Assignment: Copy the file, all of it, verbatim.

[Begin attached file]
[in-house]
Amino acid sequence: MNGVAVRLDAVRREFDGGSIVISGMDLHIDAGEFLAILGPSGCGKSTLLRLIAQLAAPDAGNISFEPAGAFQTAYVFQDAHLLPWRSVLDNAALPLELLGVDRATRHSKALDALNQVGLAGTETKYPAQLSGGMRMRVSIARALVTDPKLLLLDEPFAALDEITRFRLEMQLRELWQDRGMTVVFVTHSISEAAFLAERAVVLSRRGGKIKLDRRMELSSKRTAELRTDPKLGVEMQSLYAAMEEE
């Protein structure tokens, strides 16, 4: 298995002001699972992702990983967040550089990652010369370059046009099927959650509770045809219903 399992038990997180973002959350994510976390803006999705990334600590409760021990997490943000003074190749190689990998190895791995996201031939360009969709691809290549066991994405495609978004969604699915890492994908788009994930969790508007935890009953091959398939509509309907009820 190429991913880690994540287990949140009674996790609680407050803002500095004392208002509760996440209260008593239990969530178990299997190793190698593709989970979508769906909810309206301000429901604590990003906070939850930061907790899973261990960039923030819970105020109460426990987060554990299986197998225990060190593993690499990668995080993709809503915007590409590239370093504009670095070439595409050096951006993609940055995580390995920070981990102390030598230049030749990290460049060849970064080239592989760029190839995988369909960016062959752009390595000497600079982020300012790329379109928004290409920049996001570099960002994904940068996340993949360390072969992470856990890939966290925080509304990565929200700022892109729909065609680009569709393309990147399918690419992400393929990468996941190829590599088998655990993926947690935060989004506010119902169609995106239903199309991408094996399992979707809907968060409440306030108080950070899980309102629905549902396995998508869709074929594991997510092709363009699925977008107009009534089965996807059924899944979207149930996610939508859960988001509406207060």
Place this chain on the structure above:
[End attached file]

[in-house]
Amino acid sequence: MNGVAVRLDAVRREFDGGSIVISGMDLHIDAGEFLAILGPSGCGKSTLLRLIAQLAAPDAGNISFEPAGAFQTAYVFQDAHLLPWRSVLDNAALPLELLGVDRATRHSKALDALNQVGLAGTETKYPAQLSGGMRMRVSIARALVTDPKLLLLDEPFAALDEITRFRLEMQLRELWQDRGMTVVFVTHSISEAAFLAERAVVLSRRGGKIKLDRRMELSSKRTAELRTDPKLGVEMQSLYAAMEEE
């Protein structure tokens, strides 16, 4: 298995002001699972992702990983967040550089990652010369370059046009099927959650509770045809219903 399992038990997180973002959350994510976390803006999705990334600590409760021990997490943000003074190749190689990998190895791995996201031939360009969709691809290549066991994405495609978004969604699915890492994908788009994930969790508007935890009953091959398939509509309907009820 190429991913880690994540287990949140009674996790609680407050803002500095004392208002509760996440209260008593239990969530178990299997190793190698593709989970979508769906909810309206301000429901604590990003906070939850930061907790899973261990960039923030819970105020109460426990987060554990299986197998225990060190593993690499990668995080993709809503915007590409590239370093504009670095070439595409050096951006993609940055995580390995920070981990102390030598230049030749990290460049060849970064080239592989760029190839995988369909960016062959752009390595000497600079982020300012790329379109928004290409920049996001570099960002994904940068996340993949360390072969992470856990890939966290925080509304990565929200700022892109729909065609680009569709393309990147399918690419992400393929990468996941190829590599088998655990993926947690935060989004506010119902169609995106239903199309991408094996399992979707809907968060409440306030108080950070899980309102629905549902396995998508869709074929594991997510092709363009699925977008107009009534089965996807059924899944979207149930996610939508859960988001509406207060």
Place this chain on the structure above: